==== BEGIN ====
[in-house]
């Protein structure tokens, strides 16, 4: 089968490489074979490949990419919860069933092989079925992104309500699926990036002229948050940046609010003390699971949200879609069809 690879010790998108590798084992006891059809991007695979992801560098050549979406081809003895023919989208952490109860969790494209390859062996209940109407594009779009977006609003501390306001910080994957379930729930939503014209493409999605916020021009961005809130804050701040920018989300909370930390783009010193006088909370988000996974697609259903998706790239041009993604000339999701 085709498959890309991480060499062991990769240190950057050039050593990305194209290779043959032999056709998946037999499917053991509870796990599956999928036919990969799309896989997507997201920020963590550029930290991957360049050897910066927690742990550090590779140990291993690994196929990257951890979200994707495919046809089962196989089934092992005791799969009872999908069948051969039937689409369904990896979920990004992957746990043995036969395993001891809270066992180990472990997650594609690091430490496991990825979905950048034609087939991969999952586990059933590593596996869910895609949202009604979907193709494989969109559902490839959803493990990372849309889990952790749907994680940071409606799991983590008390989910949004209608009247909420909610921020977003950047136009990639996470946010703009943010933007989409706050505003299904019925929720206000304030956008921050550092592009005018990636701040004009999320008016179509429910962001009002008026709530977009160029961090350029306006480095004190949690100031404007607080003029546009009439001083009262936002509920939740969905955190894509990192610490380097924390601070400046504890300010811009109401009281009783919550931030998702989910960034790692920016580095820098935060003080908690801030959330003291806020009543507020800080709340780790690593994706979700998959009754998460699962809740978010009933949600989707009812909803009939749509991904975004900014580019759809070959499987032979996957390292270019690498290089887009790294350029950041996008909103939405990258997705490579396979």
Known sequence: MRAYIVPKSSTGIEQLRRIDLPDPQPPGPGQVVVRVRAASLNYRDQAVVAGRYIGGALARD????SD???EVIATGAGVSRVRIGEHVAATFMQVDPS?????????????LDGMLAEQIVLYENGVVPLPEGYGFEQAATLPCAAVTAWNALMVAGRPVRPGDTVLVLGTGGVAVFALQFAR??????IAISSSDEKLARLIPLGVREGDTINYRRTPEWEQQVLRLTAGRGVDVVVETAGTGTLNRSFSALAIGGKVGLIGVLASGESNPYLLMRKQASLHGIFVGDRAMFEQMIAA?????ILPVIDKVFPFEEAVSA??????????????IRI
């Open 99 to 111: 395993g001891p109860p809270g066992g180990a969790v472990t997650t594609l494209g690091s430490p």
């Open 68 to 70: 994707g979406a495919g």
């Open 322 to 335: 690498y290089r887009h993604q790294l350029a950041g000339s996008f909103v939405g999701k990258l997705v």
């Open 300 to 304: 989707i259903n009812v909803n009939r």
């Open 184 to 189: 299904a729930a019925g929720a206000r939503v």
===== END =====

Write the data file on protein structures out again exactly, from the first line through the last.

[in-house]
């Protein structure tokens, strides 16, 4: 089968490489074979490949990419919860069933092989079925992104309500699926990036002229948050940046609010003390699971949200879609069809 690879010790998108590798084992006891059809991007695979992801560098050549979406081809003895023919989208952490109860969790494209390859062996209940109407594009779009977006609003501390306001910080994957379930729930939503014209493409999605916020021009961005809130804050701040920018989300909370930390783009010193006088909370988000996974697609259903998706790239041009993604000339999701 085709498959890309991480060499062991990769240190950057050039050593990305194209290779043959032999056709998946037999499917053991509870796990599956999928036919990969799309896989997507997201920020963590550029930290991957360049050897910066927690742990550090590779140990291993690994196929990257951890979200994707495919046809089962196989089934092992005791799969009872999908069948051969039937689409369904990896979920990004992957746990043995036969395993001891809270066992180990472990997650594609690091430490496991990825979905950048034609087939991969999952586990059933590593596996869910895609949202009604979907193709494989969109559902490839959803493990990372849309889990952790749907994680940071409606799991983590008390989910949004209608009247909420909610921020977003950047136009990639996470946010703009943010933007989409706050505003299904019925929720206000304030956008921050550092592009005018990636701040004009999320008016179509429910962001009002008026709530977009160029961090350029306006480095004190949690100031404007607080003029546009009439001083009262936002509920939740969905955190894509990192610490380097924390601070400046504890300010811009109401009281009783919550931030998702989910960034790692920016580095820098935060003080908690801030959330003291806020009543507020800080709340780790690593994706979700998959009754998460699962809740978010009933949600989707009812909803009939749509991904975004900014580019759809070959499987032979996957390292270019690498290089887009790294350029950041996008909103939405990258997705490579396979």
Known sequence: MRAYIVPKSSTGIEQLRRIDLPDPQPPGPGQVVVRVRAASLNYRDQAVVAGRYIGGALARD????SD???EVIATGAGVSRVRIGEHVAATFMQVDPS?????????????LDGMLAEQIVLYENGVVPLPEGYGFEQAATLPCAAVTAWNALMVAGRPVRPGDTVLVLGTGGVAVFALQFAR??????IAISSSDEKLARLIPLGVREGDTINYRRTPEWEQQVLRLTAGRGVDVVVETAGTGTLNRSFSALAIGGKVGLIGVLASGESNPYLLMRKQASLHGIFVGDRAMFEQMIAA?????ILPVIDKVFPFEEAVSA??????????????IRI
């Open 99 to 111: 395993g001891p109860p809270g066992g180990a969790v472990t997650t594609l494209g690091s430490p």
């Open 68 to 70: 994707g979406a495919g």
């Open 322 to 335: 690498y290089r887009h993604q790294l350029a950041g000339s996008f909103v939405g999701k990258l997705v």
């Open 300 to 304: 989707i259903n009812v909803n009939r």
């Open 184 to 189: 299904a729930a019925g929720a206000r939503v």